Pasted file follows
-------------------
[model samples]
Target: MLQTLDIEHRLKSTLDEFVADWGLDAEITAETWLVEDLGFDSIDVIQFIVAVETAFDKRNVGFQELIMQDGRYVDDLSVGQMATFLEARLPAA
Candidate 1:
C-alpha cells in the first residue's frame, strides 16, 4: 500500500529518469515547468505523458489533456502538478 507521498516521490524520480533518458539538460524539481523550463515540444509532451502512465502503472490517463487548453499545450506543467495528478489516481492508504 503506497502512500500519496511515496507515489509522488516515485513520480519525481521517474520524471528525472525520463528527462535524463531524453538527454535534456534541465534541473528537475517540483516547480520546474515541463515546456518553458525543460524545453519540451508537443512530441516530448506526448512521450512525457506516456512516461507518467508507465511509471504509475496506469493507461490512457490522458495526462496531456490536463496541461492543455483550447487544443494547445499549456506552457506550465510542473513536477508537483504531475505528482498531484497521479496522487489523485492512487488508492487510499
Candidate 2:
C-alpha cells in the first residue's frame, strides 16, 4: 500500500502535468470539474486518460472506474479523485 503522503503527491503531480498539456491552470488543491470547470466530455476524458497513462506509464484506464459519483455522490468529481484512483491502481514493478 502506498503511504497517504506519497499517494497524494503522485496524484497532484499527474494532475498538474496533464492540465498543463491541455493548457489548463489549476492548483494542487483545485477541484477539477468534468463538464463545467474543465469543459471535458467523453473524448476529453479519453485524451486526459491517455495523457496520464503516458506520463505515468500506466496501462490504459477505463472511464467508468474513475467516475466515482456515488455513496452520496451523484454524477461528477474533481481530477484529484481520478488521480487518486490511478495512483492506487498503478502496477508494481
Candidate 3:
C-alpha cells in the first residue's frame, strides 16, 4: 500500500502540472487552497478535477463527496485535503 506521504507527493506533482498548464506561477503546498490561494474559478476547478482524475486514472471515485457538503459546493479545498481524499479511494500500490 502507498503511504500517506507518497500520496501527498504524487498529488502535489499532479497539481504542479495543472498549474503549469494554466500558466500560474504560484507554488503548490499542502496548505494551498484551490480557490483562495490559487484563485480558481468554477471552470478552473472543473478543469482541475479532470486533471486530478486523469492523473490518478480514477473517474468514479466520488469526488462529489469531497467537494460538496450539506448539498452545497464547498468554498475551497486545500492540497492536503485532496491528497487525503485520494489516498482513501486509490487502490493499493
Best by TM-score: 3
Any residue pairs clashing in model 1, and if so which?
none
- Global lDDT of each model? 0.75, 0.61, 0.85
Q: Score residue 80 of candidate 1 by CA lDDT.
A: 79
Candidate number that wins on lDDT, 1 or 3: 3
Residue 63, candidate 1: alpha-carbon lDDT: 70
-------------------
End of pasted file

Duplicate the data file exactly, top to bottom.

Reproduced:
[model samples]
Target: MLQTLDIEHRLKSTLDEFVADWGLDAEITAETWLVEDLGFDSIDVIQFIVAVETAFDKRNVGFQELIMQDGRYVDDLSVGQMATFLEARLPAA
Candidate 1:
C-alpha cells in the first residue's frame, strides 16, 4: 500500500529518469515547468505523458489533456502538478 507521498516521490524520480533518458539538460524539481523550463515540444509532451502512465502503472490517463487548453499545450506543467495528478489516481492508504 503506497502512500500519496511515496507515489509522488516515485513520480519525481521517474520524471528525472525520463528527462535524463531524453538527454535534456534541465534541473528537475517540483516547480520546474515541463515546456518553458525543460524545453519540451508537443512530441516530448506526448512521450512525457506516456512516461507518467508507465511509471504509475496506469493507461490512457490522458495526462496531456490536463496541461492543455483550447487544443494547445499549456506552457506550465510542473513536477508537483504531475505528482498531484497521479496522487489523485492512487488508492487510499
Candidate 2:
C-alpha cells in the first residue's frame, strides 16, 4: 500500500502535468470539474486518460472506474479523485 503522503503527491503531480498539456491552470488543491470547470466530455476524458497513462506509464484506464459519483455522490468529481484512483491502481514493478 502506498503511504497517504506519497499517494497524494503522485496524484497532484499527474494532475498538474496533464492540465498543463491541455493548457489548463489549476492548483494542487483545485477541484477539477468534468463538464463545467474543465469543459471535458467523453473524448476529453479519453485524451486526459491517455495523457496520464503516458506520463505515468500506466496501462490504459477505463472511464467508468474513475467516475466515482456515488455513496452520496451523484454524477461528477474533481481530477484529484481520478488521480487518486490511478495512483492506487498503478502496477508494481
Candidate 3:
C-alpha cells in the first residue's frame, strides 16, 4: 500500500502540472487552497478535477463527496485535503 506521504507527493506533482498548464506561477503546498490561494474559478476547478482524475486514472471515485457538503459546493479545498481524499479511494500500490 502507498503511504500517506507518497500520496501527498504524487498529488502535489499532479497539481504542479495543472498549474503549469494554466500558466500560474504560484507554488503548490499542502496548505494551498484551490480557490483562495490559487484563485480558481468554477471552470478552473472543473478543469482541475479532470486533471486530478486523469492523473490518478480514477473517474468514479466520488469526488462529489469531497467537494460538496450539506448539498452545497464547498468554498475551497486545500492540497492536503485532496491528497487525503485520494489516498482513501486509490487502490493499493
Best by TM-score: 3
Any residue pairs clashing in model 1, and if so which?
none
- Global lDDT of each model? 0.75, 0.61, 0.85
Q: Score residue 80 of candidate 1 by CA lDDT.
A: 79
Candidate number that wins on lDDT, 1 or 3: 3
Residue 63, candidate 1: alpha-carbon lDDT: 70